A column on personal finance prepared by the Virginia Society of Certified Public Accountants
MID-YEAR TAX SAVINGS CHECKLIST FOR SMALL BUSINESS OWNERS
May 24, 2004) — Many small business owners make the mistake of not thinking about taxes until it’s time to file their returns. But tax planning is an ongoing process, and now is an opportune time to take some steps to lower your 2004 tax bill. Here is some advice from the Virginia Society of CPAs.
Make the Most of the Section 179 Expensing Deduction
Start planning now for any major business equipment purchases. Thanks to the “Jobs and Growth Tax Relief Reconciliation Act of 2003,” many small businesses will be able to immediately deduct up to $100,000 of the cost of most new and used equipment purchases or other qualified business property for 2004 and 2005. Normally, these assets must be depreciated over a number of years. But act soon — unless Congress makes the higher expensing amount permanent, the Section 179 deduction reverts to $25,000 in 2006. Also under the 2003 law, computer software, which previously had to be depreciated generally over 36 months, is now eligible for the expensing deduction.
Take Advantage of the Bonus Depreciation Deduction
If you purchase assets that exceed the $100,000 expensing deduction limit, there’s additional good news for you. You may be eligible to take a bonus first-year depreciation deduction of 50 percent of the cost of new (not used) property. The other half of the cost is deductible on a regular depreciation schedule. For this bonus deduction, qualifying property must be placed in service by December 31, 2004, so act quickly.
Plan for Retirement
Take time to make payments to your retirement plan or to set one up. Contributing to an IRA, Keogh, SEP (simplified employee pension) or other retirement plan is a great way to reduce your taxable income and plan for the future. There are different rules, contribution limits and deadlines, depending on the plan you choose. Make an appointment with your CPA to discuss the best alternative for your business.
Hire Your Children
With school vacation here, it’s time to put your children to work in your business. CPAs say that if you’re a self-employed taxpayer, you can reduce your taxable income by employing your children under-age 18. As long as your child’s tax bracket is lower than yours, this strategy enables you to shift income from your higher tax rate to the child’s lower one.
Employers who put their minor children on the payroll of an unincorporated business do not pay any payroll taxes on the income these minors earn. And the wages are legitimate business deductions as long the child does bona fide work.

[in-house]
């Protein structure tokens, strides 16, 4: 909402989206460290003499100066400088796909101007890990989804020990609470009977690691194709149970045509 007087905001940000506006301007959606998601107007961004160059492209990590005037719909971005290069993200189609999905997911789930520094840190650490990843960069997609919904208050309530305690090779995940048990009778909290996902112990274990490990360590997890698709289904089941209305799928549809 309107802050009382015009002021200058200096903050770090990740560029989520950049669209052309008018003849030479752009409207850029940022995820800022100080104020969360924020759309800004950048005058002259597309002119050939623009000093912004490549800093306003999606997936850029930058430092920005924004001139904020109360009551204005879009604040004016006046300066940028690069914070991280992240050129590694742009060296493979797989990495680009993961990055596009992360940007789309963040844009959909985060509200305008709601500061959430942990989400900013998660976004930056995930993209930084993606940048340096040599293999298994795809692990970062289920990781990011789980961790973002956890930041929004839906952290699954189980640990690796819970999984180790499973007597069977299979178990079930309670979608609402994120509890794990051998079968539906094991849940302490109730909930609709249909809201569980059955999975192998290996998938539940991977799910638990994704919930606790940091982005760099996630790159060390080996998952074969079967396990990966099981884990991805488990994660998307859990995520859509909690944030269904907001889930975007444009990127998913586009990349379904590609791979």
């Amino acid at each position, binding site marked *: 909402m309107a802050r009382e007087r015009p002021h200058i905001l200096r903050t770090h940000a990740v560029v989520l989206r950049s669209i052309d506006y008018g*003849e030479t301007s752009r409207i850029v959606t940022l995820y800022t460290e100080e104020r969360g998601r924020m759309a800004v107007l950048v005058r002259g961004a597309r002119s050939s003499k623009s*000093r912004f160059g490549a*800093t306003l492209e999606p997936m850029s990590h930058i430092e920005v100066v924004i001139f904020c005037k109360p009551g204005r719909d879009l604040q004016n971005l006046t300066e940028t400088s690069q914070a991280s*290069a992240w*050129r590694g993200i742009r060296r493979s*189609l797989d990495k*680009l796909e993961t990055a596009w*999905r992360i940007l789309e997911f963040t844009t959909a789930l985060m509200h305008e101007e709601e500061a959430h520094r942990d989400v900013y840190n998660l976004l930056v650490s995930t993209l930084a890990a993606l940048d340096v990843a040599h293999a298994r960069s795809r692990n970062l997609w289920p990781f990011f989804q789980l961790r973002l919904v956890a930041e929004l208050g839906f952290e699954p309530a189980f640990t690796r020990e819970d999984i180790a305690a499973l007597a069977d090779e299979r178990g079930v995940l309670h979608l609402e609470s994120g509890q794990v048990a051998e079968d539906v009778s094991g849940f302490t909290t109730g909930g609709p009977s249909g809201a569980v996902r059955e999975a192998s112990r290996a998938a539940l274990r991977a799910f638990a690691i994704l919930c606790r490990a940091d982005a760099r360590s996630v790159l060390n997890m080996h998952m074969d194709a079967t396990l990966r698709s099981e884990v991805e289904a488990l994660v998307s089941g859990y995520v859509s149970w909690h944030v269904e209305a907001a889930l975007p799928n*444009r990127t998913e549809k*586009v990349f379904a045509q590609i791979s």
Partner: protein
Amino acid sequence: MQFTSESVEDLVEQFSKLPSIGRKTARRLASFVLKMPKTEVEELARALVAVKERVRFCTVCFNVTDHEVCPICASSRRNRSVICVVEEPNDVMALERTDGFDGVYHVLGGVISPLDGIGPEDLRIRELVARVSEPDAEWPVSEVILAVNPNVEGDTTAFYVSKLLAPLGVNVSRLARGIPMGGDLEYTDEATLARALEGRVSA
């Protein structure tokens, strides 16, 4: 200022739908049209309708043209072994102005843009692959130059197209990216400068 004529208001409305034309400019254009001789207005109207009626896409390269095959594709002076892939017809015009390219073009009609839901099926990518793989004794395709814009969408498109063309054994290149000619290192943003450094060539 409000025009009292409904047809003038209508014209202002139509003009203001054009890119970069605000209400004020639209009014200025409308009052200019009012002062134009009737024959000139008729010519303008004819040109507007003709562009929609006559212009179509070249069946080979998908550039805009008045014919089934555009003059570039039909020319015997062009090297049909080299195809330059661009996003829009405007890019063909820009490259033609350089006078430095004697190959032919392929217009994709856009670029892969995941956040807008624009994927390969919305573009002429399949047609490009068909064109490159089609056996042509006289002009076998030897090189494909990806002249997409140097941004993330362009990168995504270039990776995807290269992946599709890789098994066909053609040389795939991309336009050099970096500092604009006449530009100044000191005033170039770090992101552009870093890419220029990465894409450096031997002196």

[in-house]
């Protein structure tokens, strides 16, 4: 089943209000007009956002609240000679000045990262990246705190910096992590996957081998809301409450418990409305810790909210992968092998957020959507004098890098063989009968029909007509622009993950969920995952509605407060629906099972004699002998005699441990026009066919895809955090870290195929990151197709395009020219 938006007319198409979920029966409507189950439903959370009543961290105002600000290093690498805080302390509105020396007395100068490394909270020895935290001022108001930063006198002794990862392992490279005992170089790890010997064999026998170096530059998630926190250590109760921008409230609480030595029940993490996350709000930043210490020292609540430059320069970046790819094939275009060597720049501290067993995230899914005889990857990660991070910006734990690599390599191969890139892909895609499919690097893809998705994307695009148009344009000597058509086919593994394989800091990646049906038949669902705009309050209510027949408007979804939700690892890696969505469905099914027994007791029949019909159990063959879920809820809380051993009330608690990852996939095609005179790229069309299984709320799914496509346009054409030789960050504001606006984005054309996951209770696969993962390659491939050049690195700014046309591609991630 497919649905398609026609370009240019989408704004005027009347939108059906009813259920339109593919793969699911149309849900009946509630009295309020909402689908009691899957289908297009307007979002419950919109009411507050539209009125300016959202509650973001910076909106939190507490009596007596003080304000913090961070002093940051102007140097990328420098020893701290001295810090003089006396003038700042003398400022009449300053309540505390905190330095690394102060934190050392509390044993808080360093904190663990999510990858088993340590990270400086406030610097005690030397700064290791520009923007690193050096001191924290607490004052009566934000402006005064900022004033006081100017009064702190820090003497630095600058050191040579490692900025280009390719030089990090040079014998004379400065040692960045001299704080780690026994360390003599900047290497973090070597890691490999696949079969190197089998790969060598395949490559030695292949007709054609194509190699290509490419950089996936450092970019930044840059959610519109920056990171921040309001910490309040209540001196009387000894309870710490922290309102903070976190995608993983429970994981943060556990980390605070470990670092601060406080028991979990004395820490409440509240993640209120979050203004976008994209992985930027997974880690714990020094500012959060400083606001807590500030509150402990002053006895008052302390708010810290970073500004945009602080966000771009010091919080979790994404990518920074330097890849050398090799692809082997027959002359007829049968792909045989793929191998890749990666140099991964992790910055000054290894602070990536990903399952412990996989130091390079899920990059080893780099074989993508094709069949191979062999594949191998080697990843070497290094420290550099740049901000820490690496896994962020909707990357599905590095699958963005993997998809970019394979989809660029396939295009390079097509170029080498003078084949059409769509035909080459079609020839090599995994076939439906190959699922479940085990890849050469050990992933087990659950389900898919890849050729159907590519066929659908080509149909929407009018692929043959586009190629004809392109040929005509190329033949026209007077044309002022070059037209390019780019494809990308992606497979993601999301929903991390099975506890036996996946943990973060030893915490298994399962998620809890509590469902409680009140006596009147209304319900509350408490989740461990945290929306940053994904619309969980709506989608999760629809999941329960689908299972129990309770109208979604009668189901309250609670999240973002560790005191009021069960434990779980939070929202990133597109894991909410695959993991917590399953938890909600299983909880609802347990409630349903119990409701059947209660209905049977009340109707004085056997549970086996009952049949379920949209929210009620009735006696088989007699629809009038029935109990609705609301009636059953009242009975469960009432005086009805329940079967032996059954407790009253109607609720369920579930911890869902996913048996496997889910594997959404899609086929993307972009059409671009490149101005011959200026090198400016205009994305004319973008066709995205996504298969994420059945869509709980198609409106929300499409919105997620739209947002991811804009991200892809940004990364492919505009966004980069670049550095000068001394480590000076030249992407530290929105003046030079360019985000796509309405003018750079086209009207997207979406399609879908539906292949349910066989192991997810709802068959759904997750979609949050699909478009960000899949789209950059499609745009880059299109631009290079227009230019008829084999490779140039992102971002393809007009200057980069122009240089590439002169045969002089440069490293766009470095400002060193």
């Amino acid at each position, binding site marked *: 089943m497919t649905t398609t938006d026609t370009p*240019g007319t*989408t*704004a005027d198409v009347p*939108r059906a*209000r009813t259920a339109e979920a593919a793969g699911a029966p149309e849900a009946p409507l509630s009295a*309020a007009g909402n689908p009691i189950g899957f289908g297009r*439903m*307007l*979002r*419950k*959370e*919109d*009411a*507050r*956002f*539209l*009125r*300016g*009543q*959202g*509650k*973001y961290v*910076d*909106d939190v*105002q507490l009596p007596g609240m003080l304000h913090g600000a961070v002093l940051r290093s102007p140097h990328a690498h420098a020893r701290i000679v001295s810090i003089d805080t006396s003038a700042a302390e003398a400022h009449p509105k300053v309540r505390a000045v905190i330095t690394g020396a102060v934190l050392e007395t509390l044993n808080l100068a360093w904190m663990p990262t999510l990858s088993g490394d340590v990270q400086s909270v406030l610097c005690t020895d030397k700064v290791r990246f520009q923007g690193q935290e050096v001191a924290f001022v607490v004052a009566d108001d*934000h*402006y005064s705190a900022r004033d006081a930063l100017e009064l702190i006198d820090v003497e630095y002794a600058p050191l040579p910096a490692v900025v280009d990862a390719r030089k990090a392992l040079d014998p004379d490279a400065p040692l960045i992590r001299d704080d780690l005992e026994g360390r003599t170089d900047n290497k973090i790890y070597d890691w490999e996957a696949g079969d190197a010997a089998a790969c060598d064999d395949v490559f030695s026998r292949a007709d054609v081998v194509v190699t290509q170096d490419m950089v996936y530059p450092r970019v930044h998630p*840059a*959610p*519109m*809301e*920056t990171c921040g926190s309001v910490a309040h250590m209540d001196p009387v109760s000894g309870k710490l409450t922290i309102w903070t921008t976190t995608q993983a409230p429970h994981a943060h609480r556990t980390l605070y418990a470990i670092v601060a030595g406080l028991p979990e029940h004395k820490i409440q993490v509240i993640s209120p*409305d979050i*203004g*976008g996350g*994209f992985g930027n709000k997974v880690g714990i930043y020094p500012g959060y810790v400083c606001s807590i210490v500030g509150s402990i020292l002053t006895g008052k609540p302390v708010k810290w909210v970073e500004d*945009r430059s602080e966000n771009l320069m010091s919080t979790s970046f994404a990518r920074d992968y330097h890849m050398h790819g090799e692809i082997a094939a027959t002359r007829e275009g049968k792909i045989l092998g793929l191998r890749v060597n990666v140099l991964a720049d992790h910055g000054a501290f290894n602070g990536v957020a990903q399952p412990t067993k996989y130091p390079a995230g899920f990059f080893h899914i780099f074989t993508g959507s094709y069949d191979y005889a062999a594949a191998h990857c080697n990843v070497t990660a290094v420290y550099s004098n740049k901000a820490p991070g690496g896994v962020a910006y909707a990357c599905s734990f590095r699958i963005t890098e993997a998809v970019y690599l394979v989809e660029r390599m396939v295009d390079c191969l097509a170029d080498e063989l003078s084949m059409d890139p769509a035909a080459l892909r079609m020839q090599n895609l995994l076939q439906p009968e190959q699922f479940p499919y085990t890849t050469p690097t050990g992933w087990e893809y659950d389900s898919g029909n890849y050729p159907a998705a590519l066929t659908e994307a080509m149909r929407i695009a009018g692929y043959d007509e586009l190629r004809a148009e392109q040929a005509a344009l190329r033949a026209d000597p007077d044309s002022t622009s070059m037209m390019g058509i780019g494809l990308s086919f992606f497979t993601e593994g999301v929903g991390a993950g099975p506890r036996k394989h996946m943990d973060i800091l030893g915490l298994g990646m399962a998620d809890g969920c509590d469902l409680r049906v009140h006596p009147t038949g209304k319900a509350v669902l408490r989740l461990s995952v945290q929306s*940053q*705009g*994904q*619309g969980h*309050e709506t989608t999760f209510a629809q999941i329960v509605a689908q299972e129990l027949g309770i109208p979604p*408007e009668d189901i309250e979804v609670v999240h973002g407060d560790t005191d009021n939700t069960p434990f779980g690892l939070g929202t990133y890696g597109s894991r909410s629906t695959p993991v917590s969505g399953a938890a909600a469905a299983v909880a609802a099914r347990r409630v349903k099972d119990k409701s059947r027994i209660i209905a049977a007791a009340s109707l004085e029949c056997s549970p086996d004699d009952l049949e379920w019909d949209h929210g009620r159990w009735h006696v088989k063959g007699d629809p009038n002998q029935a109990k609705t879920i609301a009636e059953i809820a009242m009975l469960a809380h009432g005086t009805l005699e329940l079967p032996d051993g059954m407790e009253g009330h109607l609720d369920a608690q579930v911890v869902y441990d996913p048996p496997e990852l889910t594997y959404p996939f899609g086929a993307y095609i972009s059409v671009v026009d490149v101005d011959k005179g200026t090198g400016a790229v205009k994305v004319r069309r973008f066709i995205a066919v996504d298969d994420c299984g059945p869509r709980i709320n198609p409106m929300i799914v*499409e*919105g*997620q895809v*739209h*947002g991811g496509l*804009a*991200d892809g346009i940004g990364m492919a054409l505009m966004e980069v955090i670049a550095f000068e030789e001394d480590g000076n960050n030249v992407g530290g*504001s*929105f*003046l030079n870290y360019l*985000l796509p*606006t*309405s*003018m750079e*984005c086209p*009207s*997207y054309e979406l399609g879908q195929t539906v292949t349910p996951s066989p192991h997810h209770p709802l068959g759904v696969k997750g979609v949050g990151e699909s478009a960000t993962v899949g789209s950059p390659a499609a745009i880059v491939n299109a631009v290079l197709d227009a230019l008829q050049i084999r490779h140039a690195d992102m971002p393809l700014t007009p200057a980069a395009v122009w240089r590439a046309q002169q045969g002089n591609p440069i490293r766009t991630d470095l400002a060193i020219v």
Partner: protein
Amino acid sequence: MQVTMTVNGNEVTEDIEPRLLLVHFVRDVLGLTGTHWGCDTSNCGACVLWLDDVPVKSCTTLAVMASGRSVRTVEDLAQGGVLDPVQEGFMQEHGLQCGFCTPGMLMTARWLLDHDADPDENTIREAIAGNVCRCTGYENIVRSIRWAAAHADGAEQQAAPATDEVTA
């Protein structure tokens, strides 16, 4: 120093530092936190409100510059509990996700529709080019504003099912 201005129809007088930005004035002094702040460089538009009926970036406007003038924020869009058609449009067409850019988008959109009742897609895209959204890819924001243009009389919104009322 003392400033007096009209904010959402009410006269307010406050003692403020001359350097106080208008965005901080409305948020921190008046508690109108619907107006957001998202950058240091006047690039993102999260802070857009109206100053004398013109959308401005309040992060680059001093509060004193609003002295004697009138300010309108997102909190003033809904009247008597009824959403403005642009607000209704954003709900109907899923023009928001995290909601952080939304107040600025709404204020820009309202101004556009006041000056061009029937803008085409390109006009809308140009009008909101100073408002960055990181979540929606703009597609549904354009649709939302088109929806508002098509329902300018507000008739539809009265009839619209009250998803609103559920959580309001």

Reevaluate Your Business’s Legal Entity
While small businesses often start out as sole proprietorships or partnerships, many owners eventually explore the transition to another entity. For example, if your business is not incorporated, you may want to consider the advantages of incorporating. Corporation status shelters you from some financial risks, and it’s possible you could save on taxes. Discuss the different legal entities with your CPA now so that you can have any changes in place at the beginning of next year.
Set Up an Efficient Recordkeeping System
To make the most of business tax deductions, you need up-to-date records. If you haven’t kept track of your business expenses, get caught up now.
Meet With Your CPA
Don’t wait until the busy tax season to meet with your CPA. Make an appointment now when you both have more time to discuss your business and tax planning opportunities.
The Virginia Society of CPAs is the leading professional association dedicated to enhancing the success of all CPAs and their profession by communicating information and vision, promoting professionalism, and advocating members’ interests. Founded in 1909, the Society has nearly 8,000 members who work in public accounting, industry, government and education. This Money Management column and other financial news articles can be found in the Press Room on the VSCPA Web site at www.vscpa.com.
Lifetime Financial Planning, Inc.
Dean Knepper, CPA, CERTIFIED FINANCIAL PLANNER™ professional
2325 Dulles Corner Boulevard, Suite 500, Herndon, Virginia, 20171
208 South King Street, Suite 201, Leesburg, Virginia, firstname.lastname@example.org
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